And he said, “Good. Because I think who you vote for is between you and your Lord.”

And we had sweet fellowship with one another and still do today.

We talk about politics. We try to convince each other of our opinions.

And I’m still right, and he’s still wrong!

But I’m not his Lord. “To his own master he stands or falls.” And because of the gospel, “he will stand, for the Lord is able to make him stand.”

Now in verse 5, Paul brings up another controversy beyond the meat and vegetables one. This tells me that Paul is trying to give us principles that apply to more than one disputable matter. Here the issue is special days. V.5

“One man considers one day more sacred than another; another man considers every day alike. Each one should be fully convinced in his own mind.”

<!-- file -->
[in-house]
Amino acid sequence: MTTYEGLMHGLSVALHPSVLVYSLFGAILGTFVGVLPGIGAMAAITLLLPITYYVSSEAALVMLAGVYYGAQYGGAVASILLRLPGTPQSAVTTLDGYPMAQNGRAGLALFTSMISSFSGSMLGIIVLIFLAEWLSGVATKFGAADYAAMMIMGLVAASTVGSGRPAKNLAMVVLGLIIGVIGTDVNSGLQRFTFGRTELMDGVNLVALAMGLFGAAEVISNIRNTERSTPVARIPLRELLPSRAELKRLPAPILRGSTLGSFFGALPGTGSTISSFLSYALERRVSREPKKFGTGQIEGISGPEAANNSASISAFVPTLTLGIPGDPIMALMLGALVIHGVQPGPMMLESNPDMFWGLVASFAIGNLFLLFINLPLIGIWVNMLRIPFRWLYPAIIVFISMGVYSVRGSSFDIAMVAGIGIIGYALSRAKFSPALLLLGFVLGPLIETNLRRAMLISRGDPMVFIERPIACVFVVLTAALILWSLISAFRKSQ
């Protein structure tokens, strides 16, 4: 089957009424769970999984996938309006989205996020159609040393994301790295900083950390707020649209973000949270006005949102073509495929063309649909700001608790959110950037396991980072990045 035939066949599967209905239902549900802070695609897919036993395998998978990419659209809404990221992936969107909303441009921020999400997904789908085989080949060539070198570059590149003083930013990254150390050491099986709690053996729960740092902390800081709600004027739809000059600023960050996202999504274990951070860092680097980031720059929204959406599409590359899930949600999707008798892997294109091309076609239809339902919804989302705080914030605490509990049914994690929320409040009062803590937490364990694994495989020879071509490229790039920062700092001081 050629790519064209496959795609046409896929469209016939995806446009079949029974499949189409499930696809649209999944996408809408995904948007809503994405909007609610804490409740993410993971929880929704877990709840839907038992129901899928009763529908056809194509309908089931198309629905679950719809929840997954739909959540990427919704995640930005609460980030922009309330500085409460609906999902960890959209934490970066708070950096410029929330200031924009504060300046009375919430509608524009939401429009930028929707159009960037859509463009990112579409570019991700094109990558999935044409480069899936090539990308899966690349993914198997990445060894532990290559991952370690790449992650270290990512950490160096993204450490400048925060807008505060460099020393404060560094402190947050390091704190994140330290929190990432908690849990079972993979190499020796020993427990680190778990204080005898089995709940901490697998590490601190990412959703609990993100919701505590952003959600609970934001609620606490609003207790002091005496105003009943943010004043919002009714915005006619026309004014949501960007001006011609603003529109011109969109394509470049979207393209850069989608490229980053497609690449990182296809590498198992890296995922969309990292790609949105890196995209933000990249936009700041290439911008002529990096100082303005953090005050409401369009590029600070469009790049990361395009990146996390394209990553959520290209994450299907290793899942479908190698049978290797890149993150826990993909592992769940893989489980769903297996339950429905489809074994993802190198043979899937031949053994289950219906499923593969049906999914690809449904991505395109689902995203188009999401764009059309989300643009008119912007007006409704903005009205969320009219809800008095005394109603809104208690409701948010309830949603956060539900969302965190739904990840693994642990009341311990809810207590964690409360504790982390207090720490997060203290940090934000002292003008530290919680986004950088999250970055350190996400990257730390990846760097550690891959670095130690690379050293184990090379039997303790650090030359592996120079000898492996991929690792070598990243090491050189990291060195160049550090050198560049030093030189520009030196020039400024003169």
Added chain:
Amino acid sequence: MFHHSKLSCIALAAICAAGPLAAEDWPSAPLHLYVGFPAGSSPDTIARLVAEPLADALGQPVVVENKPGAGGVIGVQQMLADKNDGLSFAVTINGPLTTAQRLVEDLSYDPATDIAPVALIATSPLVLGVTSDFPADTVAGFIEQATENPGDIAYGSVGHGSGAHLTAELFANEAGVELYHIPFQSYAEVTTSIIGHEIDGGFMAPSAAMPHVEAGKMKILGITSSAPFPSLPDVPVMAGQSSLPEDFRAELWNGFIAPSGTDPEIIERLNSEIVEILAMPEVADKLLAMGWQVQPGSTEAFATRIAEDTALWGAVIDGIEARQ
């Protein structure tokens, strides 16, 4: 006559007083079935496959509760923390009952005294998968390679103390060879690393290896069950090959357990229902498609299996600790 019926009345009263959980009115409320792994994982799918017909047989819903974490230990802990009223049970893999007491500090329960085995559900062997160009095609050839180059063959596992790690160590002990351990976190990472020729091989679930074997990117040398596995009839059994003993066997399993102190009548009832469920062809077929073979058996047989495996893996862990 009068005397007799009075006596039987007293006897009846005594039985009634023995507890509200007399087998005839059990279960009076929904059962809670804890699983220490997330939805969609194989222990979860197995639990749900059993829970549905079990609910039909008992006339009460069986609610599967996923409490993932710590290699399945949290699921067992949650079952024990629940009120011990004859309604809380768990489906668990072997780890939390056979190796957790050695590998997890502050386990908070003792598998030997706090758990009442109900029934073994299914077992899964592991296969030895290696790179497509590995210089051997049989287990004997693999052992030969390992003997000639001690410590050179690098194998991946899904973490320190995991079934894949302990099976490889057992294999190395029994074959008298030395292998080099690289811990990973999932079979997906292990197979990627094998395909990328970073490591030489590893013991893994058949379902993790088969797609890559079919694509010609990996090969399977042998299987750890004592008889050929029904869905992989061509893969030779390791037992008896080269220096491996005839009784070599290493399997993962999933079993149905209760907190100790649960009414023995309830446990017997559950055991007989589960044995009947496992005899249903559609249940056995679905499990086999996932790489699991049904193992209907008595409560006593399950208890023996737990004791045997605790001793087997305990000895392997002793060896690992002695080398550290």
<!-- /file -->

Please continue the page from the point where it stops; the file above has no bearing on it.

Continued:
I still think he’s talking in general about Jewish Christians and Gentile Christians. The Jewish Christians would have their Old Testament holidays that they would want to celebrate. And they would have a day each week that was ingrained in them to set apart as holy.

What day was that? The Sabbath.

But the Gentile Christians wouldn’t see it the same way, would they?

They would have thought that the Jewish Feasts were interesting but not sacred. And even the Sabbath pointed to Jesus as the true Sabbath and the kingdom is the Sabbath rest to come.

So, you don’t have to have a whole sacred day every week. Not for New Covenant Christians.

Yes, you need to regularly gather with God’s people and worship. That’s indisputable.

But is Sunday the new holy day?

Let me ask you? Is Sunday the new Sabbath?

I’ll bet some of you say yes and some of you say no.

What does Paul say?  V.5 again.

“Each one should be fully convinced in his own mind.”

#2. DO WHAT YOU TRULY BELIEVE IS RIGHT.

Do what you truly believe is right before the Lord.